On January 3rd, trainees and staff went to Kigali for swearing in. The ceremony took place at the U.S. Ambassador's house. It was a little bit of an informal ceremony, which was unexpected but nonetheless refreshing. We had some of our trainees sing and play guitar and ukulele, followed by a few speeches from Rwandan officials, Peace Corps staff, the ambassador, and trainees. Then, we swore the oath and moved on to an amazing buffet. I never thought I would eat lasagna in Rwanda. Kigali itself has some great restaurants, I ate very well there.
After swear-in we began to depart for our sites. Peace Corps assisted us with this transfer and brought our trunks to site in cars and trucks. This, I hear, is an unusual practice with Peace Corps. Because we moved in this way, we did not all leave at once from Kigali. I got to return to Nyanza for a couple days before leaving.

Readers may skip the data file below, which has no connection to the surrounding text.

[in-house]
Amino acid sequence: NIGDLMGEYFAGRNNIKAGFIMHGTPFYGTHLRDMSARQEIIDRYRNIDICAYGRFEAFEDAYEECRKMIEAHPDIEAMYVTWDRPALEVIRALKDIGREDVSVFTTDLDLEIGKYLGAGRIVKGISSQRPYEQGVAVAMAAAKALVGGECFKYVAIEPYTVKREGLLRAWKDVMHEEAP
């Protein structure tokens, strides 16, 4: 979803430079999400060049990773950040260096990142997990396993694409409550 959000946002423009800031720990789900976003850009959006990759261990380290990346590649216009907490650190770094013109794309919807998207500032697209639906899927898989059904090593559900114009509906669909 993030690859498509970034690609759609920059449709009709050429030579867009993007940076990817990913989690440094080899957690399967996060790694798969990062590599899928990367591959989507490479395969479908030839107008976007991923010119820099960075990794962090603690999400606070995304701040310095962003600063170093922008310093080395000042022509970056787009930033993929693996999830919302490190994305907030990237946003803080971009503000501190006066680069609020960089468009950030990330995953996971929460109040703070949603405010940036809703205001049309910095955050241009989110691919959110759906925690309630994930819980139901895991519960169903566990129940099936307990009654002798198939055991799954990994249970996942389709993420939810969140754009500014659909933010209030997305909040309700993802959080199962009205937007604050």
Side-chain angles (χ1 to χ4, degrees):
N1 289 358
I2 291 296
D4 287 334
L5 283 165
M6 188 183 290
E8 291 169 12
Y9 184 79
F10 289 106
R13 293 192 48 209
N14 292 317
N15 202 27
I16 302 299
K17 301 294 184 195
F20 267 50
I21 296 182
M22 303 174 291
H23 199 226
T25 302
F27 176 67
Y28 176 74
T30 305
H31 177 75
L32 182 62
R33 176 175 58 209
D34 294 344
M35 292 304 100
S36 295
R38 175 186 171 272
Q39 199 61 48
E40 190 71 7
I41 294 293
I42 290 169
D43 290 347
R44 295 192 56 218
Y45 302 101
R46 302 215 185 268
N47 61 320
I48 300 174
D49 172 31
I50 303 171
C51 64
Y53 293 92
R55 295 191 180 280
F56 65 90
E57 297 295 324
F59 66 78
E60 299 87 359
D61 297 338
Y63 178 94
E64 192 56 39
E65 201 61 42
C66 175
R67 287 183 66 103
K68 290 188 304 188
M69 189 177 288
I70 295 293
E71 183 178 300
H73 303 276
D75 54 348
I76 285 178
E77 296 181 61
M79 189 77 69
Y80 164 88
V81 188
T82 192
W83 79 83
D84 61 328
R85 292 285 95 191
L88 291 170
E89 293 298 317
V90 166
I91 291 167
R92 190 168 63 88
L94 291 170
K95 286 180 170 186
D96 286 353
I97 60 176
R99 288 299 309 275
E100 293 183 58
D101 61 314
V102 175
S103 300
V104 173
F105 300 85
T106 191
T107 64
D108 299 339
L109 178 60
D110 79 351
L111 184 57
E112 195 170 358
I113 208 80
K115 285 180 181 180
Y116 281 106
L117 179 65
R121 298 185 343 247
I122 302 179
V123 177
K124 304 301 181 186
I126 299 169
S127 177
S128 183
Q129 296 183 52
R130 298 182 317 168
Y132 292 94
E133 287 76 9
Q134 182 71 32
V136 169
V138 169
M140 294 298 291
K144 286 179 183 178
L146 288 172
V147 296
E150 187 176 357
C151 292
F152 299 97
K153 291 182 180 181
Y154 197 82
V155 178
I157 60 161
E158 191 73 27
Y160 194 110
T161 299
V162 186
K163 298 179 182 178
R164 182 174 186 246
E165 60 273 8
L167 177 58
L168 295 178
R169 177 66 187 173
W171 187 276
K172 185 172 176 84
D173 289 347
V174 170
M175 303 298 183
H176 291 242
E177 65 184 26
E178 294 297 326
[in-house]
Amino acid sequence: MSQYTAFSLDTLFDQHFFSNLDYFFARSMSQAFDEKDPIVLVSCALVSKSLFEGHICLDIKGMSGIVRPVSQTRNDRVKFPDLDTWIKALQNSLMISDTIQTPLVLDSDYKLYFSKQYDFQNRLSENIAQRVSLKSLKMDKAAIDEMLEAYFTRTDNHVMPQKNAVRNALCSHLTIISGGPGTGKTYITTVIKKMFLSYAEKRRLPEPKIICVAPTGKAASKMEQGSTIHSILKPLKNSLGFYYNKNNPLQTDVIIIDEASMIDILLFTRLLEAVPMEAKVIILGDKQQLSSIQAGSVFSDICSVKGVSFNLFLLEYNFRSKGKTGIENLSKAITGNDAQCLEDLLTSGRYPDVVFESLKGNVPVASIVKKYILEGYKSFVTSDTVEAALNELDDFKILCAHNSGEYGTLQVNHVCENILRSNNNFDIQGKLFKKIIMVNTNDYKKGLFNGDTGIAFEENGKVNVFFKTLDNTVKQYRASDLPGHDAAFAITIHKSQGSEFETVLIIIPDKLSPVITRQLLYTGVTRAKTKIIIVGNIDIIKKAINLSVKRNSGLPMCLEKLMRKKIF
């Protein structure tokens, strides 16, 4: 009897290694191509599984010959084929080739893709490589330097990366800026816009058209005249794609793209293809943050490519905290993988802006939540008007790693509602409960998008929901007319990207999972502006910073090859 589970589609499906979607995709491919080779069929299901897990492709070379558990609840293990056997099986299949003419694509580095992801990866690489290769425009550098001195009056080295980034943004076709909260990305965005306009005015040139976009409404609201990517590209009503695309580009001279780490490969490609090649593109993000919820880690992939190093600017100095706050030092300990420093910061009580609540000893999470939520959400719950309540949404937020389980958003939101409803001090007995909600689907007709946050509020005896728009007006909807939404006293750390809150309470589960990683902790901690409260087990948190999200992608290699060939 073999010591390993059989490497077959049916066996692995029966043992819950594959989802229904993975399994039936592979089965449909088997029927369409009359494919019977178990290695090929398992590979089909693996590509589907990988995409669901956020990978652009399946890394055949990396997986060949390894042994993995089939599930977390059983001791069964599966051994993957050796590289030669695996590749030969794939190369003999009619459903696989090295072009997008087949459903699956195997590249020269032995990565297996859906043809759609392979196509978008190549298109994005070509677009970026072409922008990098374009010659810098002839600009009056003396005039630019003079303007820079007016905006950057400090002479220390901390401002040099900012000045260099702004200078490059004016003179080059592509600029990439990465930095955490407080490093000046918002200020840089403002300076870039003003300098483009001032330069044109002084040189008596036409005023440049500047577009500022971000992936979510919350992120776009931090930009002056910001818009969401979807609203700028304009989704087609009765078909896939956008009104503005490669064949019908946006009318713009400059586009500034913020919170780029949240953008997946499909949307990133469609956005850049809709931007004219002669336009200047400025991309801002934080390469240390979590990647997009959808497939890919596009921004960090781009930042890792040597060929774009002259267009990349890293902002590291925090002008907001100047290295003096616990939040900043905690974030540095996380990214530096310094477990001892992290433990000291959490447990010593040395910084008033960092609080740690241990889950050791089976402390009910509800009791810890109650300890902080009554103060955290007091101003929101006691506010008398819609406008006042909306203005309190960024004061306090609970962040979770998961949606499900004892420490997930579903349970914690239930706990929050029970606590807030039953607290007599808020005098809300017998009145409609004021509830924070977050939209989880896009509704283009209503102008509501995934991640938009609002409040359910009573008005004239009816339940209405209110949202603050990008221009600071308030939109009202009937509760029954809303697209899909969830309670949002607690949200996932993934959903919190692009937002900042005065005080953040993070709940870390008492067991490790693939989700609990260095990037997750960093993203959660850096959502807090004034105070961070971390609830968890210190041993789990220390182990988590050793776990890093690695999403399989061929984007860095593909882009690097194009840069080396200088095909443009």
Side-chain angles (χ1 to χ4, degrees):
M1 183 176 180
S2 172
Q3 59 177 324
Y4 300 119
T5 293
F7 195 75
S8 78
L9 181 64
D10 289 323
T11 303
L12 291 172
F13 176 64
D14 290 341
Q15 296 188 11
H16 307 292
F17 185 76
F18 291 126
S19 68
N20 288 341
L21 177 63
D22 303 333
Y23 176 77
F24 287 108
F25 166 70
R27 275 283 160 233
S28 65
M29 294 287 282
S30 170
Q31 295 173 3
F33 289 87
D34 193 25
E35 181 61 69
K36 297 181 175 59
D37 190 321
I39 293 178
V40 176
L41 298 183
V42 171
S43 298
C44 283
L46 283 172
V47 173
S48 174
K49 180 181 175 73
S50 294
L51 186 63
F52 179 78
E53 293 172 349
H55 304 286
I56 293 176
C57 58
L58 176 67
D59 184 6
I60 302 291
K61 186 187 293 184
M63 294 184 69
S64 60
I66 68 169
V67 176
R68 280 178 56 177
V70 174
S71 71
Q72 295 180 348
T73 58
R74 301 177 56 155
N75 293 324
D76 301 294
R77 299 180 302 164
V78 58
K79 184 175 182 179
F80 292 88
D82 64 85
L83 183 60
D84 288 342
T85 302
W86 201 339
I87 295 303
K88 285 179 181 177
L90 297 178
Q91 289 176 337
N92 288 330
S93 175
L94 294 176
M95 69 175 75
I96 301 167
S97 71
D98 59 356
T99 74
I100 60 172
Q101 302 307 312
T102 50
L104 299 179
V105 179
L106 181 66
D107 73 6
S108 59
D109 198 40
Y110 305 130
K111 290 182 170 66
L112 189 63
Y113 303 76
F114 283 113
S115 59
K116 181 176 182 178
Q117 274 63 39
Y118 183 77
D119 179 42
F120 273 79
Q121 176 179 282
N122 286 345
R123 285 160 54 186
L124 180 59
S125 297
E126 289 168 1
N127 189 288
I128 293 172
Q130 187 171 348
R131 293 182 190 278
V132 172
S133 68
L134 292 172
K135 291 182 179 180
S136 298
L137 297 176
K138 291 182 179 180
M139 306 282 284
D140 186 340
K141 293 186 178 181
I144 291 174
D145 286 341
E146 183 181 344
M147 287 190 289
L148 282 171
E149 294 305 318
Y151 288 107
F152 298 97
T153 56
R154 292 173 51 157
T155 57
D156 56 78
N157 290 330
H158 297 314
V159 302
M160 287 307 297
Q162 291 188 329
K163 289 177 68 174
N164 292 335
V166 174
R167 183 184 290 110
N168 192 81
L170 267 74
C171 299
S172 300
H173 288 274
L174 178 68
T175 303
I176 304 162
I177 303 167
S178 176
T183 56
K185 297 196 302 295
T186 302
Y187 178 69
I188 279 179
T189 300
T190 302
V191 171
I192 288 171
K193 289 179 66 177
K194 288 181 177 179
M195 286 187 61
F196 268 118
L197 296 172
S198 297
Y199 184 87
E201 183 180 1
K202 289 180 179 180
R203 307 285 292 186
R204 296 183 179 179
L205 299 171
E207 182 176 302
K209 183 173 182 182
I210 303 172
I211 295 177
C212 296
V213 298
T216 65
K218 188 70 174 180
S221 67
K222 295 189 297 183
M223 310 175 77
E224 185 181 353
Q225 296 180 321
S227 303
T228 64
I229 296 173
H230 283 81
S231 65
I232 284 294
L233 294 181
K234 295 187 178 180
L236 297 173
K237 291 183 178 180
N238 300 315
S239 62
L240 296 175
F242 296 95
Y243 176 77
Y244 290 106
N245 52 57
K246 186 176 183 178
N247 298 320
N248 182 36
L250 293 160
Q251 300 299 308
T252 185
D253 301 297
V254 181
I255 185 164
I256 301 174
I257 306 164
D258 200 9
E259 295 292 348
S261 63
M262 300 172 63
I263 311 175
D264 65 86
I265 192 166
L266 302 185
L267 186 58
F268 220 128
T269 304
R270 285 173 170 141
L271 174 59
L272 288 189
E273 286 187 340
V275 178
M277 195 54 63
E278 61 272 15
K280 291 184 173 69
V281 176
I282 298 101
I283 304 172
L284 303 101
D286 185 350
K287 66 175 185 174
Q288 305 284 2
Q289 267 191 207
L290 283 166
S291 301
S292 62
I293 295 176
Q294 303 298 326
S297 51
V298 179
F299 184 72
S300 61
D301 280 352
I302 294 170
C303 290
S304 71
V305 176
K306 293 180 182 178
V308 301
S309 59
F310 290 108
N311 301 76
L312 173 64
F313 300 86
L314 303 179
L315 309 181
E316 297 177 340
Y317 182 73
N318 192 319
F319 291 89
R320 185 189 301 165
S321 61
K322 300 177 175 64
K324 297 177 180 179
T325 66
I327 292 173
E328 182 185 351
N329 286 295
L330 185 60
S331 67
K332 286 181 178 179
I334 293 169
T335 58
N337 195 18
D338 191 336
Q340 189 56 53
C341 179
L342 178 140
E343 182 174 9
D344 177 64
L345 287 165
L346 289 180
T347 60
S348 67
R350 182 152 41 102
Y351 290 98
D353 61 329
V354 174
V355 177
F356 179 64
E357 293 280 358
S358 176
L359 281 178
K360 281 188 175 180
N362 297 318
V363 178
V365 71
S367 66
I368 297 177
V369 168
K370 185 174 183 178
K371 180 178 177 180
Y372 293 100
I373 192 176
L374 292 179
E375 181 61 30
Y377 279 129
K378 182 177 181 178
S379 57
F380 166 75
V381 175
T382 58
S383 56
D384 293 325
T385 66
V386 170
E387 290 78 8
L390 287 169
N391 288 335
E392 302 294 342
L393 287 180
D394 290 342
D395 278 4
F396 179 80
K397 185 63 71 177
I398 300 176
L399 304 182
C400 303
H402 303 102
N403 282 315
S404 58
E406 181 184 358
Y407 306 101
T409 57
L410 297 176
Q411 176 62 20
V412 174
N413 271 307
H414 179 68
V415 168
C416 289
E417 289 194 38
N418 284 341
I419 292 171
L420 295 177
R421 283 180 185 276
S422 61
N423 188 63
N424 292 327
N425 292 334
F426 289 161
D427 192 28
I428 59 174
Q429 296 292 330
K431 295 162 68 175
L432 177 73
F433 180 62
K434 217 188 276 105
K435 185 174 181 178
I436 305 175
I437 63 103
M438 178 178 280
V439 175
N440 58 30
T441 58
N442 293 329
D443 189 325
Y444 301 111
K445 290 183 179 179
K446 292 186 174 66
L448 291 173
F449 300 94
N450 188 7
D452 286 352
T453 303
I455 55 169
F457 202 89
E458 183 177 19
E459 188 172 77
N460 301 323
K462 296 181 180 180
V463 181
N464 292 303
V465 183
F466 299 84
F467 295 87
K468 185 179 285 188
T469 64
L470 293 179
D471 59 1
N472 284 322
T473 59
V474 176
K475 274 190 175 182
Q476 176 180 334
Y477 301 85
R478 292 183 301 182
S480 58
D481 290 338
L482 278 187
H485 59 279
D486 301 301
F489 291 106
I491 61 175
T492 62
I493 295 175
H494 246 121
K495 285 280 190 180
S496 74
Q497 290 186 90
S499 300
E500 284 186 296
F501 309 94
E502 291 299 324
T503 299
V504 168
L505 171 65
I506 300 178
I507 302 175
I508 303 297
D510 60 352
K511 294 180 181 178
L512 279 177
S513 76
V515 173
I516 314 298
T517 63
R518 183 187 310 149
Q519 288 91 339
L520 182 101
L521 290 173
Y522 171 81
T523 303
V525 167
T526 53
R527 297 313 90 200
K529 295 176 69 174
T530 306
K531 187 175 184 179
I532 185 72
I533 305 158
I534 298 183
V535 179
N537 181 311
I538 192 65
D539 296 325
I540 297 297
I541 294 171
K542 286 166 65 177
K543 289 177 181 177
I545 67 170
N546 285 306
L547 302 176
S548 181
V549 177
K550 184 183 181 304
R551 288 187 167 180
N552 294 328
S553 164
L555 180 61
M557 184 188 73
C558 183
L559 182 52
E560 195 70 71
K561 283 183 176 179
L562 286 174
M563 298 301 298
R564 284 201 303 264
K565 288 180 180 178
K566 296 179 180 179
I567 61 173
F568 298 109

Now I am at site in a town called Mibirizi and life is much different. I live in a house with four Rwandans from the area. A couple of them are teachers. One keeps a cabaret (small bar) in town. The last housemate has not yet arrived in town. I cook my own food, but our house pays a boy to do laundry, clean, and run errands. We have a squat toilet outside. I bathe out of a bucket in the front room of the house and then use a squeegee to push the water out under the front door (the floor is cement). I have my own room and our house has electricity which is more reliable than the electricity in Nyanza. Power comes from the Rusizi River, which runs between Rwanda and the DRC (which you can see from the road!). The presence of electricity as well as good houses (usually brick, a government initiative I think), make this kind of a strange place. The people here have these things, but they are still very poor. The people are welcoming and glad to have a native English-speaker in town. There is still somewhat of an air of mystification with my presence, especially when I can speak some Kinyarwanda. A couple days ago I spoke to an old woman who told me that I was the first white person she had spoken to.